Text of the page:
Putting it into practice: Using Midjourney, try a prompt in which you describe your protagonist, including physical attributes, clothing style, expression or mood, and setting. You can also specify if you want the image to be photorealistic or if you would prefer a cartoon image, a painting, and even a particular style of artwork.
If you need help getting started with Midjourney or want to learn more about prompts, you can start with the platform’s Quick Start guide at

Marketing tasks

As an author, you’re likely constantly producing things like press releases, biographical statements, acknowledgments, ad copy, social media posts, and other content that requires a specific tone and writing style, and perhaps even a precise word count. Once again, ChatGPT and other AI options can save you a lot of frustration.You can also ask the AI for a list of comparative titles—books similar to yours in terms of plot, characters or themes—and you can use generative art AI tools to create images for social media.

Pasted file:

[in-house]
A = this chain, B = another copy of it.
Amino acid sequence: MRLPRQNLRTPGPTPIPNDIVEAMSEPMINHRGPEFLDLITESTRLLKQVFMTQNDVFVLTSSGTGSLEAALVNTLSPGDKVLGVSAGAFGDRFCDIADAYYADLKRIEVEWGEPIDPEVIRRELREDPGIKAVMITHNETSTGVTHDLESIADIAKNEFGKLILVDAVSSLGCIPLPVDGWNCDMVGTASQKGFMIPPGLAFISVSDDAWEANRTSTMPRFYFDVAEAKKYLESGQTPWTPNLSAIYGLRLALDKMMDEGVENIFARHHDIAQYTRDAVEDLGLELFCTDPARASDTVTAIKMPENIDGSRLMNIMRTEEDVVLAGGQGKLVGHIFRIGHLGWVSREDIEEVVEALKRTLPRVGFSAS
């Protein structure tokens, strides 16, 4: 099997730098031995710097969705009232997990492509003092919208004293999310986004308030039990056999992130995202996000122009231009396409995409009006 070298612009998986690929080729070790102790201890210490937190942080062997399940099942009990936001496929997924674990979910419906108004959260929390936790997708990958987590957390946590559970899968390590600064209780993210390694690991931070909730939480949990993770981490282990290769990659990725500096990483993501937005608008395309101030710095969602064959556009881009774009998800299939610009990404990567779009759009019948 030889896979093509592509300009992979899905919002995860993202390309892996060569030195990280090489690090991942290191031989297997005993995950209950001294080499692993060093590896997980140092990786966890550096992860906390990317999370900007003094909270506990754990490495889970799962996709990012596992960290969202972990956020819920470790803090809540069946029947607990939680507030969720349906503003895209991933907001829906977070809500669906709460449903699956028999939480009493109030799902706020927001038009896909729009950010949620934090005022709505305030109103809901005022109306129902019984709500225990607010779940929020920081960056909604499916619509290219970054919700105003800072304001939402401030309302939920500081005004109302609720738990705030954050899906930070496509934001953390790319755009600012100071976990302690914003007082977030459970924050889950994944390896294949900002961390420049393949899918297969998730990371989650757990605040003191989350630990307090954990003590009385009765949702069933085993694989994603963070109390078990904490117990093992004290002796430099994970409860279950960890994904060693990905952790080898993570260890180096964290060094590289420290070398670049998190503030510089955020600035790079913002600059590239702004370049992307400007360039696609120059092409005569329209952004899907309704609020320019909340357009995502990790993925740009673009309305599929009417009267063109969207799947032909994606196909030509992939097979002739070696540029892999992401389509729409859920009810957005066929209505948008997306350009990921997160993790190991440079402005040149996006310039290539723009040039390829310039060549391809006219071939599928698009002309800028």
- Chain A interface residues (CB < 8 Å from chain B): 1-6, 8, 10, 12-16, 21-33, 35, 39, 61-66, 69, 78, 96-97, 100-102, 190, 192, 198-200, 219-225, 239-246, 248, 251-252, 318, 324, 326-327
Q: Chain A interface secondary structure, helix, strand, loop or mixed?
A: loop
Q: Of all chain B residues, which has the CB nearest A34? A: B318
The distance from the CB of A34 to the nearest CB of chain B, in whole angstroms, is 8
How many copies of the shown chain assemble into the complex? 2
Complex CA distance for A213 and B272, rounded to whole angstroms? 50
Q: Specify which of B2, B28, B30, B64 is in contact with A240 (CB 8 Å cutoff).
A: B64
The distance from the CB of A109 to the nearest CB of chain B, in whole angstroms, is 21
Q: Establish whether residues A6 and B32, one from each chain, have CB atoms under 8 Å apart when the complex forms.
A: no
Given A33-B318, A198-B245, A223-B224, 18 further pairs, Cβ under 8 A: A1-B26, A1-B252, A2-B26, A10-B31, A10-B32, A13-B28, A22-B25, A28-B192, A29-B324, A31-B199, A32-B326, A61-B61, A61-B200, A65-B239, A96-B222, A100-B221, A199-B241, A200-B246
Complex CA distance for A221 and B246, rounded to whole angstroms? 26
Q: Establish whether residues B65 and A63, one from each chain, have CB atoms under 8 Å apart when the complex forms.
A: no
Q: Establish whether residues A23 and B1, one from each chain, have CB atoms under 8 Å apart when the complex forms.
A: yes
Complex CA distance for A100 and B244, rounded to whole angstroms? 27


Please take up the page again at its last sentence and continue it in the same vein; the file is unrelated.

Putting it into practice: Planning a big book launch and need to share the information with local media and on your social accounts? Give the AI your author bio, your book synopsis, and your book launch party details. From there, you can ask the AI to turn it into a press release, a series of Instagram posts, or whatever content you need. You can even ask it to create a list of daily or weekly posts for different platforms within a date range. Then you can go over to Midjourney, which can be easier to use for many people, and generate images for your Instagram and Facebook posts. 

How to use AI responsibly

Once you discover how easy some things can be when you use generative AI, you might start feeling a bit reckless. It’s so tempting to have your new AI buddy do all the heavy lifting. But it’s important that you don’t sit back and let the AI dig all of your writing ditches.